It is common knowledge that if you spill Kool-Aid on your clothes it stains. I like to use this color-changing characteristic for my benefit. I can often find Kool-Aid packages for a good deal making it more cost-effective than buying fabric dye. Also, my kids have so much fun helping me to choose which flavor — err, that is to say, color — to use. It’s hard to top the ability to describe your sweater color to your friend as Sharkleberry Fin. A fun little bonus: The Kool-Aid dyed wool keeps the scent for the first little bit. I also really like to see just what color it comes out to be.
The supplies needed for this project are a scale, hot water, cold water, wool, a stir stick, two jars, a drying rack and a towel
The first step is to measure out 1 ounce of wool and put in in a jar. Add cold water until it covers the wool. If the wool floats you will need to submerge it with the stir stick. Once it is immersed in cold water allow it to sit for 5 minutes.
While the wool fiber is soaking take your other jar and fill half the jar with hot water. Be sure it is not so hot that it will break your jar. Add the Kool-Aid packet to the hot water and stir. Once the 5 minutes has elapsed, take the wool out of the cold water gently squeezing the water out as your remove it. Place it directly in the hot water/Kool-Aid mixture. Pour in more hot water until the wool is covered.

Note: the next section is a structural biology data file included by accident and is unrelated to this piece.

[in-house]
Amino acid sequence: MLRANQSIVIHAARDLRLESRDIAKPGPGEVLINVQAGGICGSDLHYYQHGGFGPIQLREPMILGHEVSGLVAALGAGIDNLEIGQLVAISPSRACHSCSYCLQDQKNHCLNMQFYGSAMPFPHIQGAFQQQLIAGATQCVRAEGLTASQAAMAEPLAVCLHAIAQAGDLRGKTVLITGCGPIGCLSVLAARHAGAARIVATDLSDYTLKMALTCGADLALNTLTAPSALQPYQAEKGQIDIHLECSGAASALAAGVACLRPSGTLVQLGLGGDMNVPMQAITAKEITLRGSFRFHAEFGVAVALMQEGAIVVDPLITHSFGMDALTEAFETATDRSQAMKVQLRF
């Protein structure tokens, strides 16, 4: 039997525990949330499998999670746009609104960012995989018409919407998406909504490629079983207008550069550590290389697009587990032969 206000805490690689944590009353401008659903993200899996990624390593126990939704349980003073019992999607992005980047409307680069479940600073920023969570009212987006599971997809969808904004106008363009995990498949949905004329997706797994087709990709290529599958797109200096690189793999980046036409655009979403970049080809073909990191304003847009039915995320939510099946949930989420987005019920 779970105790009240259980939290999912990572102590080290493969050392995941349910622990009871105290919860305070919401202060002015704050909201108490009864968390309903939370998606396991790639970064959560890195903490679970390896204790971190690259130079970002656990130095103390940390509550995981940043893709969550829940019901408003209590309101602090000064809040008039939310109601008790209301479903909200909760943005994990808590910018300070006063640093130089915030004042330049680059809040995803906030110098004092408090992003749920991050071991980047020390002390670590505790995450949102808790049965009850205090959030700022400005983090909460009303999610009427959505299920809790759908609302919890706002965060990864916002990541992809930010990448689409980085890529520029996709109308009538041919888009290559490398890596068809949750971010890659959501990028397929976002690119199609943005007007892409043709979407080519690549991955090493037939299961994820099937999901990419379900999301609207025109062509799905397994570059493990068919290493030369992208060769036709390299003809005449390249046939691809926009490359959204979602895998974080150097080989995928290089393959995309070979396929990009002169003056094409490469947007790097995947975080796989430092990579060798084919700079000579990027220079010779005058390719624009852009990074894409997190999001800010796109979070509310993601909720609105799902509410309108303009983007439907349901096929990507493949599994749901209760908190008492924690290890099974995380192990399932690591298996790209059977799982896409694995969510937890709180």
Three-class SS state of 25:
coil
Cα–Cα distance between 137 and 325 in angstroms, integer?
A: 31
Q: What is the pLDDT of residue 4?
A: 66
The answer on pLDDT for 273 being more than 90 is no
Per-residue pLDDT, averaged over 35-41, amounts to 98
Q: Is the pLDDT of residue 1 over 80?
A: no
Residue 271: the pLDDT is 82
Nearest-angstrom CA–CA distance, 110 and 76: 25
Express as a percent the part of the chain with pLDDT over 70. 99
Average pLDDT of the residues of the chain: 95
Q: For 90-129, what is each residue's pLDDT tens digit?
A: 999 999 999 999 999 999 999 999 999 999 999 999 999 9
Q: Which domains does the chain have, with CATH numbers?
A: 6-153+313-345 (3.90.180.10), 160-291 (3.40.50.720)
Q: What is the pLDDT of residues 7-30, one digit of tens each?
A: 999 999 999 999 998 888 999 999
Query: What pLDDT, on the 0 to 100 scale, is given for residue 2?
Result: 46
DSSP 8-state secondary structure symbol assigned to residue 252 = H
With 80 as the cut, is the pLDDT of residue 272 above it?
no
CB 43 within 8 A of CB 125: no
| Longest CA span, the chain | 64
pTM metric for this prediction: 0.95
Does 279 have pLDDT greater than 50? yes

Kool-Aid and Wool in Jar
Allow the wool to sit in the Kool-Aid for an hour or more.
After the hour you can see that the color has been mostly absorbed by the wool and the water is almost white.
Pull the wool out of the water squeezing gently to get out the excess water and place it on a drying rack. You could just use a towel but would have to flip it regularly to expose the wet areas. If you fluff it up it will dry faster. The most dense areas will have less color absorbed in. If you do not like this try to separate them when putting them in the Kool-Aid. I actually really like the varied coloring. I feel like it adds character to my yarn. Often, this becomes unnoticeable after the carding process as I am preparing to spin it.
Fluffy Dry Alpaca Wool
After it is dry it becomes fluffy and you can see the true color. Sharkleberry Fin didn’t disappoint me. It made a nice soft pink for me to use. Experiment with your own flavors/colors and let us know what you like best.